Mark Wade, Director of the Newark Department of Health and Community Wellness, Lisa Smith, Coordinator of the Rutgers University Office of Violence Prevention and Victim Assistance and Charlie Branas, Professor and Department Chair of the Epidemiology Department at the Mailman School of Public Health at Columbia University, discuss violence in our communities on a panel facilitated by Bernadette Hohl, Rutgers School of Public Health faculty.
U.S. Immigration Policy & Its Impact on Child & Family Health
A conversation between Hala Madanat, Director, San Diego State University School of Public Health, Andrea Senteno, Legislative Attorney, Mexican American Legal Defense and Education Fund (MALDEF) and Tiffany Joseph, Associate Professor, Northeastern University.
Innovative Interventions
Naa Oyo A. Kwate, Associate Professor, Rutgers University Department of Human Ecology and Department of Africana Studies—Racism Counter-Marketing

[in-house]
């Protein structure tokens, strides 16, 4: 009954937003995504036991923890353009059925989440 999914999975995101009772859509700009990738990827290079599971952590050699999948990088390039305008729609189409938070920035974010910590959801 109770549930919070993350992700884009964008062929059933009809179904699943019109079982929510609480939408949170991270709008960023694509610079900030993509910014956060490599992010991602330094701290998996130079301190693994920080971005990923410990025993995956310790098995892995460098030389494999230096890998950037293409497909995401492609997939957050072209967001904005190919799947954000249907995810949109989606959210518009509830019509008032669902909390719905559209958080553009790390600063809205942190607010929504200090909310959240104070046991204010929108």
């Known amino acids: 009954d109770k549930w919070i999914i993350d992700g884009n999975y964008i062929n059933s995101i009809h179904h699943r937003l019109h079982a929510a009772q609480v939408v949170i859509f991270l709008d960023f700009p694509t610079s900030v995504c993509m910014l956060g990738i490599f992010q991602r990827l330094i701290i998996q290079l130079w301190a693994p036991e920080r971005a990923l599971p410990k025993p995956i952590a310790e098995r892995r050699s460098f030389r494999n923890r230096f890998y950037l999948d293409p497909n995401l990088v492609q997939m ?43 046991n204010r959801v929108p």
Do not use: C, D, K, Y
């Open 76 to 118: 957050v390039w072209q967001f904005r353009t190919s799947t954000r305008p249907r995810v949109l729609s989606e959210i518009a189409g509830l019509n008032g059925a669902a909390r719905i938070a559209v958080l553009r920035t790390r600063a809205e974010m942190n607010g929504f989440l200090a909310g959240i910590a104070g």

Mindy Fullilove, Professor of Urban Policy & Health, Parsons/The New School, 400 Years of Inequality Project
Deborah Levine, Director, LGBT YouthLink, Q-Space, LGBTQ Youth Digital Center, discuss the innovative interventions they have developed to address urban public health issues on a panel facilitated by Spencer Kent, Reporter for the Newark Star Ledger.
Closing Keynote
Ryan Haygood, President and CEO, New Jersey Institute for Social Justice provided the closing keynote address.
The Rutgers School of Public Health would like to recognize and thank Investors Bank, Rutgers Biomedical Health Sciences, and conference participants for a successful and meaningful event.
Phthalates Exposure Linked to Speech Delay
Emily Barrett, PhD, Associate Professor of Epidemiology and researcher at the Rutgers Environmental and Occupational Health Institute, finds that pregnant mothers’ exposure to phthalates – substances often used in personal care products, children’s toys and more – may be linked to delays in language development during early childhood. The study supports the growing body of work that suggests phthalates may be harmful to a developing fetus.
Interpersonal Psychotherapy for Women
Paul Duberstein, PhD, incoming Chair and Professor of the Department of Health Behavior, Society, and Policy, has co-authored a study which found that interpersonal psychotherapy helps depressed women with histories of sexual trauma. The study, which included 162 women, found that Interpersonal Psychotherapy-Trauma reduced symptoms of depression and post-traumatic stress disorder and improved social health when clinicians followed up 8 and 20 months later.